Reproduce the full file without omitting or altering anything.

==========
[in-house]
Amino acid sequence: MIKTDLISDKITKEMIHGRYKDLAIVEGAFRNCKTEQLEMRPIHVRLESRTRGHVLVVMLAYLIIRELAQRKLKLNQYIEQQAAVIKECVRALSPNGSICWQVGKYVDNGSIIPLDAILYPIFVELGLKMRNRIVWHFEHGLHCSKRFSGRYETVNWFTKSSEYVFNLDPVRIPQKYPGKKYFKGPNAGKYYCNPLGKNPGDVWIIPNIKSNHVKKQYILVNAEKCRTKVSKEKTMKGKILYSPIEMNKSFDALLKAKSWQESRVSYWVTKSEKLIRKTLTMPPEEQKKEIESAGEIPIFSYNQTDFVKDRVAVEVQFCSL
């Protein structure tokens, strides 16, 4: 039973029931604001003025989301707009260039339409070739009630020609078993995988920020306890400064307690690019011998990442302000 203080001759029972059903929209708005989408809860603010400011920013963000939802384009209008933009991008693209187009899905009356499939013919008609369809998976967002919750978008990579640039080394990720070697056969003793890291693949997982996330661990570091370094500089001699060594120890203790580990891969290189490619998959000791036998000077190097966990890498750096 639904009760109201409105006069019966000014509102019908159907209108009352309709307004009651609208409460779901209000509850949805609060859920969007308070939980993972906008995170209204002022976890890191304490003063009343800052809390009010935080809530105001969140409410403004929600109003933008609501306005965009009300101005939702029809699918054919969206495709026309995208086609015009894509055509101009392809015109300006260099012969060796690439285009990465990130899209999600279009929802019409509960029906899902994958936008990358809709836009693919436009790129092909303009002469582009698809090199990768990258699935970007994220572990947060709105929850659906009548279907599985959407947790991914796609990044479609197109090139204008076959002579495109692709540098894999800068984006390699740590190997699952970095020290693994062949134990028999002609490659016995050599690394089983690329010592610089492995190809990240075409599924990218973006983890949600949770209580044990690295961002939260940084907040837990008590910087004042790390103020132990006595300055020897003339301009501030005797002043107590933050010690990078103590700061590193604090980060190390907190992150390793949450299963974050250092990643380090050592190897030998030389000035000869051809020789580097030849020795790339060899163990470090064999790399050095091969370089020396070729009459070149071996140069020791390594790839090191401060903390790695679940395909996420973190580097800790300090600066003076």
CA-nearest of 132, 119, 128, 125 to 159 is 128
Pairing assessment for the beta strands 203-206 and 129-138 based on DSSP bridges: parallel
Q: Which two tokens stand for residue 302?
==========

[in-house]
Amino acid sequence: MIKTDLISDKITKEMIHGRYKDLAIVEGAFRNCKTEQLEMRPIHVRLESRTRGHVLVVMLAYLIIRELAQRKLKLNQYIEQQAAVIKECVRALSPNGSICWQVGKYVDNGSIIPLDAILYPIFVELGLKMRNRIVWHFEHGLHCSKRFSGRYETVNWFTKSSEYVFNLDPVRIPQKYPGKKYFKGPNAGKYYCNPLGKNPGDVWIIPNIKSNHVKKQYILVNAEKCRTKVSKEKTMKGKILYSPIEMNKSFDALLKAKSWQESRVSYWVTKSEKLIRKTLTMPPEEQKKEIESAGEIPIFSYNQTDFVKDRVAVEVQFCSL
């Protein structure tokens, strides 16, 4: 039973029931604001003025989301707009260039339409070739009630020609078993995988920020306890400064307690690019011998990442302000 203080001759029972059903929209708005989408809860603010400011920013963000939802384009209008933009991008693209187009899905009356499939013919008609369809998976967002919750978008990579640039080394990720070697056969003793890291693949997982996330661990570091370094500089001699060594120890203790580990891969290189490619998959000791036998000077190097966990890498750096 639904009760109201409105006069019966000014509102019908159907209108009352309709307004009651609208409460779901209000509850949805609060859920969007308070939980993972906008995170209204002022976890890191304490003063009343800052809390009010935080809530105001969140409410403004929600109003933008609501306005965009009300101005939702029809699918054919969206495709026309995208086609015009894509055509101009392809015109300006260099012969060796690439285009990465990130899209999600279009929802019409509960029906899902994958936008990358809709836009693919436009790129092909303009002469582009698809090199990768990258699935970007994220572990947060709105929850659906009548279907599985959407947790991914796609990044479609197109090139204008076959002579495109692709540098894999800068984006390699740590190997699952970095020290693994062949134990028999002609490659016995050599690394089983690329010592610089492995190809990240075409599924990218973006983890949600949770209580044990690295961002939260940084907040837990008590910087004042790390103020132990006595300055020897003339301009501030005797002043107590933050010690990078103590700061590193604090980060190390907190992150390793949450299963974050250092990643380090050592190897030998030389000035000869051809020789580097030849020795790339060899163990470090064999790399050095091969370089020396070729009459070149071996140069020791390594790839090191401060903390790695679940395909996420973190580097800790300090600066003076």
CA-nearest of 132, 119, 128, 125 to 159 is 128
Pairing assessment for the beta strands 203-206 and 129-138 based on DSSP bridges: parallel
Q: Which two tokens stand for residue 302?